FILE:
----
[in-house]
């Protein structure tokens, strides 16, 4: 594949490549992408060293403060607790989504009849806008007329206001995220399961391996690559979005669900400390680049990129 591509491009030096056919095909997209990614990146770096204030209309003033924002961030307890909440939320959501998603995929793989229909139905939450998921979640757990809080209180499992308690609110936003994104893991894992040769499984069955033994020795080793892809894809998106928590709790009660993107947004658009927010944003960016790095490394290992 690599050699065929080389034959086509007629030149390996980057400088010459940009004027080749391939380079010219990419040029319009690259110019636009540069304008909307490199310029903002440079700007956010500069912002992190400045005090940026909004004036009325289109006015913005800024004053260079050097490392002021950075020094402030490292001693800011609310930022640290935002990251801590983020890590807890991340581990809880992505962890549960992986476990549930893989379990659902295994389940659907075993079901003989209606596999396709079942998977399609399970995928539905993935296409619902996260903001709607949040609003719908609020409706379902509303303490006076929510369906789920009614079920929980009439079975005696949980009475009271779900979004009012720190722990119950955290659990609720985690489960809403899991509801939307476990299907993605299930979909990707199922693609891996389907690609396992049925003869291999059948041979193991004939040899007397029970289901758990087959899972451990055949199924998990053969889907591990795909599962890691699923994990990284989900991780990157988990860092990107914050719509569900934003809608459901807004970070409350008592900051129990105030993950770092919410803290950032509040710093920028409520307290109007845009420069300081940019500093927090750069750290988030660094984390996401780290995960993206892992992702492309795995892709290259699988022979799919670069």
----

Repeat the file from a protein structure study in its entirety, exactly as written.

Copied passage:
[in-house]
């Protein structure tokens, strides 16, 4: 594949490549992408060293403060607790989504009849806008007329206001995220399961391996690559979005669900400390680049990129 591509491009030096056919095909997209990614990146770096204030209309003033924002961030307890909440939320959501998603995929793989229909139905939450998921979640757990809080209180499992308690609110936003994104893991894992040769499984069955033994020795080793892809894809998106928590709790009660993107947004658009927010944003960016790095490394290992 690599050699065929080389034959086509007629030149390996980057400088010459940009004027080749391939380079010219990419040029319009690259110019636009540069304008909307490199310029903002440079700007956010500069912002992190400045005090940026909004004036009325289109006015913005800024004053260079050097490392002021950075020094402030490292001693800011609310930022640290935002990251801590983020890590807890991340581990809880992505962890549960992986476990549930893989379990659902295994389940659907075993079901003989209606596999396709079942998977399609399970995928539905993935296409619902996260903001709607949040609003719908609020409706379902509303303490006076929510369906789920009614079920929980009439079975005696949980009475009271779900979004009012720190722990119950955290659990609720985690489960809403899991509801939307476990299907993605299930979909990707199922693609891996389907690609396992049925003869291999059948041979193991004939040899007397029970289901758990087959899972451990055949199924998990053969889907591990795909599962890691699923994990990284989900991780990157988990860092990107914050719509569900934003809608459901807004970070409350008592900051129990105030993950770092919410803290950032509040710093920028409520307290109007845009420069300081940019500093927090750069750290988030660094984390996401780290995960993206892992992702492309795995892709290259699988022979799919670069």